The spinal cord is made up of nerves that relay messages back and forth between your brain and muscles and other tissues. It is protected by the backbone which is made up of stacked bones known as vertebrae. Spinal cord compression occurs anywhere from the neck to the lower end of the spine. Treatment varies depending on the severity of the compression, but it may include specific exercises.
Conditions and Symptoms
While gradual wear and tear remains the most common cause of spinal cord compression, other conditions may cause compression as well. Osteoarthritis, abnormal alignment of the spine, injury and infection are the most common causes. When compression occurs, symptoms include pain and stiffness, numbness, a burning pain and a loss of feeling in the feet.
Improving neck strength and flexibility with simple exercises can decrease pain and might be recommended for basic treatment. One of the most basic exercises begins with sitting upright with both hands behind your neck. Gently bend forward, allowing the elbows to move toward the thighs. Continue the bend until you feel a stretch, and then slowly move back to an upright position. Repeat 10 times or fewer if experiencing pain. This simple exercise opens up the vertebrae and decompresses the spinal cord.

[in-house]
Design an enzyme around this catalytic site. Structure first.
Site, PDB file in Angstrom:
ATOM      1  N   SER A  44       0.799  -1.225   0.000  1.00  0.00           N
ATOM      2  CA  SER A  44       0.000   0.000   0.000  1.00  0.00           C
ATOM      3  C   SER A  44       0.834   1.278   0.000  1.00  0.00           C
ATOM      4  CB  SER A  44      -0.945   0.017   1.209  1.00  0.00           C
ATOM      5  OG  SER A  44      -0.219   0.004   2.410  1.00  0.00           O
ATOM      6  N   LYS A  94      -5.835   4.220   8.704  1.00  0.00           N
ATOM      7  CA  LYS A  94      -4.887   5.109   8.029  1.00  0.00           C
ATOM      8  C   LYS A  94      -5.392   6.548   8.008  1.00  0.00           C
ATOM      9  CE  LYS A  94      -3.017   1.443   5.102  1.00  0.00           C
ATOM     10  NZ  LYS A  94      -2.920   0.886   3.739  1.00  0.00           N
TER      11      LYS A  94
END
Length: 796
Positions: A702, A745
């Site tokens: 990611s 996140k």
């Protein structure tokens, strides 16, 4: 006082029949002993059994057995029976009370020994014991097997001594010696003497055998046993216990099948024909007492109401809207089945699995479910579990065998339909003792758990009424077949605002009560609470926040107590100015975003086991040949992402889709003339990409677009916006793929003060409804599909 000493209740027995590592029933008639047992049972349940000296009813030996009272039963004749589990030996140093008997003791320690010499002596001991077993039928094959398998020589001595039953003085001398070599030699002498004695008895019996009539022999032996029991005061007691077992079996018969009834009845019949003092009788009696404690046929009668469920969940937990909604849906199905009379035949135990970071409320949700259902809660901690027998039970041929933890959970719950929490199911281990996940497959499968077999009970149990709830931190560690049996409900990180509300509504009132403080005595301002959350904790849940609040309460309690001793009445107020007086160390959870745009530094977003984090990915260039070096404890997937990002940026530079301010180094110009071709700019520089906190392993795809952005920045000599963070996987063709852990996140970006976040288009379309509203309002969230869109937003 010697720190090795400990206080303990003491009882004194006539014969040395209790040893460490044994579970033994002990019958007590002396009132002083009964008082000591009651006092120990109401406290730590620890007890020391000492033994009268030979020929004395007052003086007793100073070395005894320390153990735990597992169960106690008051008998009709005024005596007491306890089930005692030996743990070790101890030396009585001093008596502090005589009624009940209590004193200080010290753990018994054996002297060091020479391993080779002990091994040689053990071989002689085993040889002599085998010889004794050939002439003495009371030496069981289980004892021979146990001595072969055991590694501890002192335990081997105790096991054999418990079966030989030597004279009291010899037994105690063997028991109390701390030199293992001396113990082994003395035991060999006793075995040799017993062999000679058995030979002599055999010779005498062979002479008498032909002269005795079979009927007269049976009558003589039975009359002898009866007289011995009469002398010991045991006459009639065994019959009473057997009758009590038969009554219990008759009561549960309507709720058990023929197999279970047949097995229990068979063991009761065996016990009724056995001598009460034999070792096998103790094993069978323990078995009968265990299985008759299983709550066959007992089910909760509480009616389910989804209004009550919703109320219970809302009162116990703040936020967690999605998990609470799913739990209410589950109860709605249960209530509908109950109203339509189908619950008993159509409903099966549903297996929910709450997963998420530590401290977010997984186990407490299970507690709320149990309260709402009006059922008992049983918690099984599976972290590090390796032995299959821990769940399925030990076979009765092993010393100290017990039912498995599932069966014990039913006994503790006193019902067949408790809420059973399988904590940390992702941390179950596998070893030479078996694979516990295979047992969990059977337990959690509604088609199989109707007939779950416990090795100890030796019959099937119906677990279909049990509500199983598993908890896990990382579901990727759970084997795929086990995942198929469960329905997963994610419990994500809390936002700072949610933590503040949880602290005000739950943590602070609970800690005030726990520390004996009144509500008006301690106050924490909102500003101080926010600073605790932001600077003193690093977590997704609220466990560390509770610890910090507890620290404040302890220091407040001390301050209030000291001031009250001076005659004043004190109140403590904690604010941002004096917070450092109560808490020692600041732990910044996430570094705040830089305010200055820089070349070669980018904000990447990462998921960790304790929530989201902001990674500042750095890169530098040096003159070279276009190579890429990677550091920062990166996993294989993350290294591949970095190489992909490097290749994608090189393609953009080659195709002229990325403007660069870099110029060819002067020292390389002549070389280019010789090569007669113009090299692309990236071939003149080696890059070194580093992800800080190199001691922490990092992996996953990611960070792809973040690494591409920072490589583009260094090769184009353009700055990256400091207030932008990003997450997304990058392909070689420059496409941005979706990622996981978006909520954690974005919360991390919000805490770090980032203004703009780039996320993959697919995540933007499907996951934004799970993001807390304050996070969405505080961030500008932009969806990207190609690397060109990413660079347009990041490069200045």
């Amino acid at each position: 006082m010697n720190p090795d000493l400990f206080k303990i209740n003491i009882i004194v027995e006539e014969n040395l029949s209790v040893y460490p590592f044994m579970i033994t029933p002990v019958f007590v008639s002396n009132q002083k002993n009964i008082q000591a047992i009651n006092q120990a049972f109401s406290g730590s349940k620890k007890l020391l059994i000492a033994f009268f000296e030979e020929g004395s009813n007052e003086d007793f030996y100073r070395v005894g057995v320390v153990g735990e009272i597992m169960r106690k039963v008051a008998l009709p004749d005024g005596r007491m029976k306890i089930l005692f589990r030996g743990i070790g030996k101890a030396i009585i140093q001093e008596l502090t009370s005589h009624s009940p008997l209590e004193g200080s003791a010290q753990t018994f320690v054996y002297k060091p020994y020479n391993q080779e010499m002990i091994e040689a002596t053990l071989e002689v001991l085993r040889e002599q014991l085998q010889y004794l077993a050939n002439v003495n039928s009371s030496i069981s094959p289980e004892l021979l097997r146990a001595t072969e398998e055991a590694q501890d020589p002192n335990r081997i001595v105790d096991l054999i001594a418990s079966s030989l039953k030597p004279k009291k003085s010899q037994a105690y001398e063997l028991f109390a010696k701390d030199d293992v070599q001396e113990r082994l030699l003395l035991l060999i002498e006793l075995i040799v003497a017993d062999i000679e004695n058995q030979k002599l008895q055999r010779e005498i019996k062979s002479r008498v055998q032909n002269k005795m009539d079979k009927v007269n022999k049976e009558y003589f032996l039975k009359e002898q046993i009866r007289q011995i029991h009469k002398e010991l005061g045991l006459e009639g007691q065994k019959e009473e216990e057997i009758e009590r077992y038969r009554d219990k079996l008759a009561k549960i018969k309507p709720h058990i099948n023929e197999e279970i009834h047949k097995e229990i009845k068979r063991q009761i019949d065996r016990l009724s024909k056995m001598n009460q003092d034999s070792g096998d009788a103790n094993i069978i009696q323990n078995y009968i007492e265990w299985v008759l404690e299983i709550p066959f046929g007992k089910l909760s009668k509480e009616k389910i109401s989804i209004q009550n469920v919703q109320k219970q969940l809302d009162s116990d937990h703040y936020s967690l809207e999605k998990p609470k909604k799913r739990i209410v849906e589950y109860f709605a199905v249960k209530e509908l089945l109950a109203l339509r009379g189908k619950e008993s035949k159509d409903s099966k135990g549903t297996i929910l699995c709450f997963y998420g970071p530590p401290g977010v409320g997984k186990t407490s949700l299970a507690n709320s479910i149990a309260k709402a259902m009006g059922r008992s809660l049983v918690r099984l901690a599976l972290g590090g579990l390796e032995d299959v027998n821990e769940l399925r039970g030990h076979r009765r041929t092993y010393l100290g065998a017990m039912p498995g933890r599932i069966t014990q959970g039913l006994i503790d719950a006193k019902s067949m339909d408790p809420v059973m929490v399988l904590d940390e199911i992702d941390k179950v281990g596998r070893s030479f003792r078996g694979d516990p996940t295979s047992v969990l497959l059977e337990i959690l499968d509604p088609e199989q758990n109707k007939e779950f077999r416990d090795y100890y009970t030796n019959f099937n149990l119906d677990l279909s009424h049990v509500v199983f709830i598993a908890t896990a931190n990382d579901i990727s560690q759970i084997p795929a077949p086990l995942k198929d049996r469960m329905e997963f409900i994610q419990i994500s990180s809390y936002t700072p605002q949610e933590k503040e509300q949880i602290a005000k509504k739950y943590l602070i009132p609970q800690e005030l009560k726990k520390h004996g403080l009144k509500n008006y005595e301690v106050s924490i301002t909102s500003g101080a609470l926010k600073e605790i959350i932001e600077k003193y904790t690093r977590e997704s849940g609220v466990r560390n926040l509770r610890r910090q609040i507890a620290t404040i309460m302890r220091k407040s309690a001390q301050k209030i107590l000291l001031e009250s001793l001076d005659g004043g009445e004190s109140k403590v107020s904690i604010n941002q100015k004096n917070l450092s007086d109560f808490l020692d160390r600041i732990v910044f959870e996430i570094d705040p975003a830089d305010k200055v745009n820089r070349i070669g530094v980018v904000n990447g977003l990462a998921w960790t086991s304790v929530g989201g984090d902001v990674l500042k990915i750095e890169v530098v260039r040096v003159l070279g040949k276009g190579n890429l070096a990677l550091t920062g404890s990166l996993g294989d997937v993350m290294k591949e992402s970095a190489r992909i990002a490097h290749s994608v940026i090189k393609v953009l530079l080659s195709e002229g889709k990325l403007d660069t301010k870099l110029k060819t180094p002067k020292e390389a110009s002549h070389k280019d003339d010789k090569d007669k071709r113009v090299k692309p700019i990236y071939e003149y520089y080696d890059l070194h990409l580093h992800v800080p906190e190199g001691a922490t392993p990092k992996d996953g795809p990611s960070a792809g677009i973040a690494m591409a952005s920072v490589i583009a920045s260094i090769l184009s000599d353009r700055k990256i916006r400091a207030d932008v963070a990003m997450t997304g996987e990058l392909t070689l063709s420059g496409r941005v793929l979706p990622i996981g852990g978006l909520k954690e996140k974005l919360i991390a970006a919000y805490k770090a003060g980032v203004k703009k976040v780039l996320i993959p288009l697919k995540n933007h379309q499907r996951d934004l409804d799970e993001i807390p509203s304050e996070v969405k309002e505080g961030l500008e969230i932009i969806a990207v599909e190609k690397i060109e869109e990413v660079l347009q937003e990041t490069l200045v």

Side Bend Extension
A side bend also decompresses the vertebrae. Begin in a sitting position with a straight back and both hands behind your head. Gently bend to your right side, moving the elbow toward the hip to a mild stretch. Avoid leaning forward or backward. Slowly move back into an upright position and then repeat on the left side. This exercise can be repeated up to 10 times on each side.
When spinal compression is localized in the lower back, aerobic exercise relieves the stress and also causes an increased release of endorphins, which are the body's natural painkillers. Riding a stationary bike as an aerobic exercise keeps the spine slightly bent forward and opens the spinal canal, decreasing spinal compression. Other aerobic exercises for this condition include walking or swimming, which have similar benefits for the spine.